MultiSAS has provided suspended optical tables that are vibrationally so quiet that the best commercial sensors will only measure self-noise from 5 Hz onwards. Nikhef has set forth a combination of two proven concepts to create the world’s most sensitive vibration sensor in the 10 Hz to 100 Hz regime. This is pursued in order to monitor the suspended table motion down to MultiSAS specifications, which entails femtoradians and femtometer motions. The interferometric readout of the sensor features a tabletop interferometer and has a proven performance of 4 fm/rtHz from 5 Hz onwards. When this readout was used to determine the position of the proof mass of a monolithic accelerometer, an unprecedented 8 fm/ rtHz from 30 Hz onwards has been achieved. This is a factor ten better at 30 Hz than the best available sensor: the LIGO/ GeoTech GS-13 geophone.
The modeled shot noise limited sensitivity of the accelerometer with interferometric readout (3 fm/rtHz) has not been achieved yet. More advanced control can improve the proof mass rms motion, keeping the subtraction of common mode noise in the interferometer more optimal. Additionally, the thermal noise could be reduced significantly by using a different material for the mechanics. Already, titanium versions are being produced and these are expected to have 36 times less electrical susceptibility, which greatly reduces the viscous damping. These titanium monolithic accelerometers will most probably be dominated by structural damping. Looking into the future, quantum demolition techniques, such as squeezing, can possibly smash the fm/rtHz barrier.
A fiber-optic version of the same sensor design has been tested and achieved a sensitivity of 4 pm/rtHz. The readout is limited by thermal effects in the vicinity of the fibers, frequency noise and (non-isolated) seismic noise in the Nikhef lab. The next step is installing this sensor on the MultiSAS prototype optical bench in vacuum. Such a sensor can be installed in radiation or high magnetic field environments as the electrical components don’t have to be in the vicinity of the mechanics of the sensor. The interferometric readout in fiber could also be used as a high precision test mass motion sensor to replace e.g. the OSEM in the LIGO suspensions; this was the initial plan of the open air version of this readout.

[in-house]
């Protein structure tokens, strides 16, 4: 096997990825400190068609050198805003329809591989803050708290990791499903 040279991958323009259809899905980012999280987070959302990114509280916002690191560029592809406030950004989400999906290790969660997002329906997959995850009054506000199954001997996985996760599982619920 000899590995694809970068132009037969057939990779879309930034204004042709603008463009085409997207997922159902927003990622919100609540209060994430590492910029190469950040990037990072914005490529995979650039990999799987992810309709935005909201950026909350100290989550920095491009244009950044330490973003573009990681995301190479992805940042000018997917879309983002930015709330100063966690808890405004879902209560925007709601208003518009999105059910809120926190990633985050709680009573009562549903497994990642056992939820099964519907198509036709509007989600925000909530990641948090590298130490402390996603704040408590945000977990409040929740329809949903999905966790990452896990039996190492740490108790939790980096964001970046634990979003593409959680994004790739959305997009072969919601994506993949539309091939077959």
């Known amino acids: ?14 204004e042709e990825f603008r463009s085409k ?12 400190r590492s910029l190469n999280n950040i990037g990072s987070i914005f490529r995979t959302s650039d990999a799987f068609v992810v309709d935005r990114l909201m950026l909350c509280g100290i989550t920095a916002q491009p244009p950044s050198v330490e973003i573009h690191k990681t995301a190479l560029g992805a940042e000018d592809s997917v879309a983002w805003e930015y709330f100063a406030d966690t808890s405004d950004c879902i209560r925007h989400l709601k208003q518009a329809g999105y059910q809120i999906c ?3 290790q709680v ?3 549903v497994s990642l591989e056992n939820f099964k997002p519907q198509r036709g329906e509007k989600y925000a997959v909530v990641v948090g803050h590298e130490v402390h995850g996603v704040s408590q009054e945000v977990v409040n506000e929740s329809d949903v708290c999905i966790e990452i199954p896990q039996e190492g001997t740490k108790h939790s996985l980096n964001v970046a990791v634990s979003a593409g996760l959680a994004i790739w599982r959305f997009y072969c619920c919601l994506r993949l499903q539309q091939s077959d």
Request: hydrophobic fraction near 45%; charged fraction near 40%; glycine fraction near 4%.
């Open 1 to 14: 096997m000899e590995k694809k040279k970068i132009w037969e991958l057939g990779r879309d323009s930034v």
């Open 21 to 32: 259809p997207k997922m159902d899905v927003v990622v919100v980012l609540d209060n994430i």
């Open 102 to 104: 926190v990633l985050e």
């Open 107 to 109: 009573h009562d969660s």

The author has visited Japan as part of the ELiTES exchange program to help and learn while building the KAGRA gravitational wave detector. At NAOJ (Mitaka, Tokyo), control and sensor development for the room temperature payload for Type B(p) suspensions was performed. For the Type B(p) suspension payload, a simple inertial damping loop with appropriate roll-off filtering has shown to damp the translational, yaw and pitch modes of (dummy) test mass modes. The author also aided fabricating the cabling and set-up for (tests of) the intermediate mass and its recoil mass. All sensing and actuation is done using OSEMs (Optical Sensor and ElectroMagnetic actuation) and these have been calibrated and their designs improved.
Advanced sensor characterization and remote simulation on LVDT read out monolithic accelerometers for Type A or Type B pre-isolators has been performed. Low-frequency open loop operated sensors promise to be able to blend at lower frequency than the now used L4C geophones. This is important as no ground subtraction is foreseen in the KAGRA design. Simulation shows that, without tilt, 20 mHz blending gives better results. There is no proper tilt measurement available of the KAGRA site at this point, and this is almost surely impacting on the found simulation result.